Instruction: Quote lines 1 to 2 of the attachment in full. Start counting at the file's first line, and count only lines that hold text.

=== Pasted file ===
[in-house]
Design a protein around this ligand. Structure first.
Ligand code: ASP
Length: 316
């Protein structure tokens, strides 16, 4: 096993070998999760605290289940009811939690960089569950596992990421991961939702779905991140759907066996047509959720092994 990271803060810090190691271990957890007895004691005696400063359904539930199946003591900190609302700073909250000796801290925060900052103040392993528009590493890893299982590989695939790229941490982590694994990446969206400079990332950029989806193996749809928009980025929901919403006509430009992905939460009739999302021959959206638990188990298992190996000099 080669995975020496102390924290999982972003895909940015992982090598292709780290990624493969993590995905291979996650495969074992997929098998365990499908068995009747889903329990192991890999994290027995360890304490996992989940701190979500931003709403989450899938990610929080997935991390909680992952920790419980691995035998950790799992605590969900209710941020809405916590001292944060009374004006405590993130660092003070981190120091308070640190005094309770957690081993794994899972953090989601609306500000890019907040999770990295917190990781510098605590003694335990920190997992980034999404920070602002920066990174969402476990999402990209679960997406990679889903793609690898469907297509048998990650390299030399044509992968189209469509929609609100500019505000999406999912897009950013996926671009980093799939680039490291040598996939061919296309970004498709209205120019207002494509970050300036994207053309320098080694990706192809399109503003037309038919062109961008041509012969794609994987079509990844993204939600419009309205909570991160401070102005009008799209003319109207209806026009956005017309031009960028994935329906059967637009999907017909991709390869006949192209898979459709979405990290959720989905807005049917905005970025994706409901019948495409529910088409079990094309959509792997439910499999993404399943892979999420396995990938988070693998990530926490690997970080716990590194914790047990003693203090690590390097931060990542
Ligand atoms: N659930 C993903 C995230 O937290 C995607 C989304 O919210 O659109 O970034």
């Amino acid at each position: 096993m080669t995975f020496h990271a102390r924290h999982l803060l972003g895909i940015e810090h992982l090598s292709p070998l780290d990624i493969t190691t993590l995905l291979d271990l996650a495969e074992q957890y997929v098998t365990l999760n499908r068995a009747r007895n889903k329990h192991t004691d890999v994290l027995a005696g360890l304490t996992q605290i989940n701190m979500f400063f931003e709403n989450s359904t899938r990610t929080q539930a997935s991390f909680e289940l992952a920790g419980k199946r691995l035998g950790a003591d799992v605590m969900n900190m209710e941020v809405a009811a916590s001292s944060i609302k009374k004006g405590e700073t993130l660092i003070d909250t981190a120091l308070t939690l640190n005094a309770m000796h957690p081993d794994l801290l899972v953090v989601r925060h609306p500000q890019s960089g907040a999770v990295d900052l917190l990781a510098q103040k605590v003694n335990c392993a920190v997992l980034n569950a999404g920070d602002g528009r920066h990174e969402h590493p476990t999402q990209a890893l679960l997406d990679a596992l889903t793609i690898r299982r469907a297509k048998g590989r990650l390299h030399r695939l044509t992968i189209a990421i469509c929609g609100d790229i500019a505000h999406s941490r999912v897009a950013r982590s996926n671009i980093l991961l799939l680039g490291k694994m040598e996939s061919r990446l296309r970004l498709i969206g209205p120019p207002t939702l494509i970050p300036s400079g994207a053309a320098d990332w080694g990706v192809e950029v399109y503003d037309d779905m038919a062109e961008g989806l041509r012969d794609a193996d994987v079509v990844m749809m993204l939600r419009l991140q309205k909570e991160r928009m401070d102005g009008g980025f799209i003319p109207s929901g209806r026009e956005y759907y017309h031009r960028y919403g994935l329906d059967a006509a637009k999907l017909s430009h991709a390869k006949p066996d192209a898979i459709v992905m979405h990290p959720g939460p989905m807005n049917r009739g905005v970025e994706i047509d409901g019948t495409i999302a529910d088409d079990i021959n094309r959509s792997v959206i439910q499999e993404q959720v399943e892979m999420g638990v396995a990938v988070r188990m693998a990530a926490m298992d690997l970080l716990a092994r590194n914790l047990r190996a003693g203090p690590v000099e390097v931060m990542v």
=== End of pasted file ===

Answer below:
[in-house]
Design a protein around this ligand. Structure first.